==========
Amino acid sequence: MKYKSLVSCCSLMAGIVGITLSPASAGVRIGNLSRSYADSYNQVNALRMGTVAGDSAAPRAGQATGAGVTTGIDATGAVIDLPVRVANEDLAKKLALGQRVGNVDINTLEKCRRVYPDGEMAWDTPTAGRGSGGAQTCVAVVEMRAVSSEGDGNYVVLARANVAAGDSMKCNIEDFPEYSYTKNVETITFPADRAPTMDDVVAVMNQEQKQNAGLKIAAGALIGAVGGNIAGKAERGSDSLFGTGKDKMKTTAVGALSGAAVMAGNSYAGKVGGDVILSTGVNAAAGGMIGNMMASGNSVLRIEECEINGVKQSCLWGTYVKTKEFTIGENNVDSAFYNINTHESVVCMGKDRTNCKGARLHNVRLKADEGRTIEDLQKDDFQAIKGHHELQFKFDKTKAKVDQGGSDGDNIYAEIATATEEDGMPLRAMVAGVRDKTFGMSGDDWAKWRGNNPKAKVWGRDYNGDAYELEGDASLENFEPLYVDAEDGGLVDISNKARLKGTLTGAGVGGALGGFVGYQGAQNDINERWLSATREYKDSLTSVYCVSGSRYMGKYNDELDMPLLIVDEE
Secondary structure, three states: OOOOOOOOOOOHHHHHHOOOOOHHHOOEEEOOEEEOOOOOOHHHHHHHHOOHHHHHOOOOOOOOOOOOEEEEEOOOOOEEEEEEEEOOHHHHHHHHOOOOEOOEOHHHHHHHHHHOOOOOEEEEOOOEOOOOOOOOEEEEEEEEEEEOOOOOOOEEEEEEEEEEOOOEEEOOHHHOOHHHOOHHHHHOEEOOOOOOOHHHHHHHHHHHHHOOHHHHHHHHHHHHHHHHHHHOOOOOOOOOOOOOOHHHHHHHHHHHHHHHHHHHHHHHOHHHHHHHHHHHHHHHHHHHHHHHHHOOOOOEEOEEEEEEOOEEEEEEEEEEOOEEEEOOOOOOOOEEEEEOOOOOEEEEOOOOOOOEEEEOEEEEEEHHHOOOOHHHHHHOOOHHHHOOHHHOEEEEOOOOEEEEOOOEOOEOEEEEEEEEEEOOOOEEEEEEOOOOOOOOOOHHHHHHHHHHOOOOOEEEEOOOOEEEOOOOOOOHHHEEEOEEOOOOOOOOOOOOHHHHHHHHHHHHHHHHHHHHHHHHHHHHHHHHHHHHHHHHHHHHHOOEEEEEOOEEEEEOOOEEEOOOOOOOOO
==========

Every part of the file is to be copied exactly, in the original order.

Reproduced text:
Amino acid sequence: MKYKSLVSCCSLMAGIVGITLSPASAGVRIGNLSRSYADSYNQVNALRMGTVAGDSAAPRAGQATGAGVTTGIDATGAVIDLPVRVANEDLAKKLALGQRVGNVDINTLEKCRRVYPDGEMAWDTPTAGRGSGGAQTCVAVVEMRAVSSEGDGNYVVLARANVAAGDSMKCNIEDFPEYSYTKNVETITFPADRAPTMDDVVAVMNQEQKQNAGLKIAAGALIGAVGGNIAGKAERGSDSLFGTGKDKMKTTAVGALSGAAVMAGNSYAGKVGGDVILSTGVNAAAGGMIGNMMASGNSVLRIEECEINGVKQSCLWGTYVKTKEFTIGENNVDSAFYNINTHESVVCMGKDRTNCKGARLHNVRLKADEGRTIEDLQKDDFQAIKGHHELQFKFDKTKAKVDQGGSDGDNIYAEIATATEEDGMPLRAMVAGVRDKTFGMSGDDWAKWRGNNPKAKVWGRDYNGDAYELEGDASLENFEPLYVDAEDGGLVDISNKARLKGTLTGAGVGGALGGFVGYQGAQNDINERWLSATREYKDSLTSVYCVSGSRYMGKYNDELDMPLLIVDEE
Secondary structure, three states: OOOOOOOOOOOHHHHHHOOOOOHHHOOEEEOOEEEOOOOOOHHHHHHHHOOHHHHHOOOOOOOOOOOOEEEEEOOOOOEEEEEEEEOOHHHHHHHHOOOOEOOEOHHHHHHHHHHOOOOOEEEEOOOEOOOOOOOOEEEEEEEEEEEOOOOOOOEEEEEEEEEEOOOEEEOOHHHOOHHHOOHHHHHOEEOOOOOOOHHHHHHHHHHHHHOOHHHHHHHHHHHHHHHHHHHOOOOOOOOOOOOOOHHHHHHHHHHHHHHHHHHHHHHHOHHHHHHHHHHHHHHHHHHHHHHHHHOOOOOEEOEEEEEEOOEEEEEEEEEEOOEEEEOOOOOOOOEEEEEOOOOOEEEEOOOOOOOEEEEOEEEEEEHHHOOOOHHHHHHOOOHHHHOOHHHOEEEEOOOOEEEEOOOEOOEOEEEEEEEEEEOOOOEEEEEEOOOOOOOOOOHHHHHHHHHHOOOOOEEEEOOOOEEEOOOOOOOHHHEEEOEEOOOOOOOOOOOOHHHHHHHHHHHHHHHHHHHHHHHHHHHHHHHHHHHHHHHHHHHHHOOEEEEEOOEEEEEOOOEEEOOOOOOOOO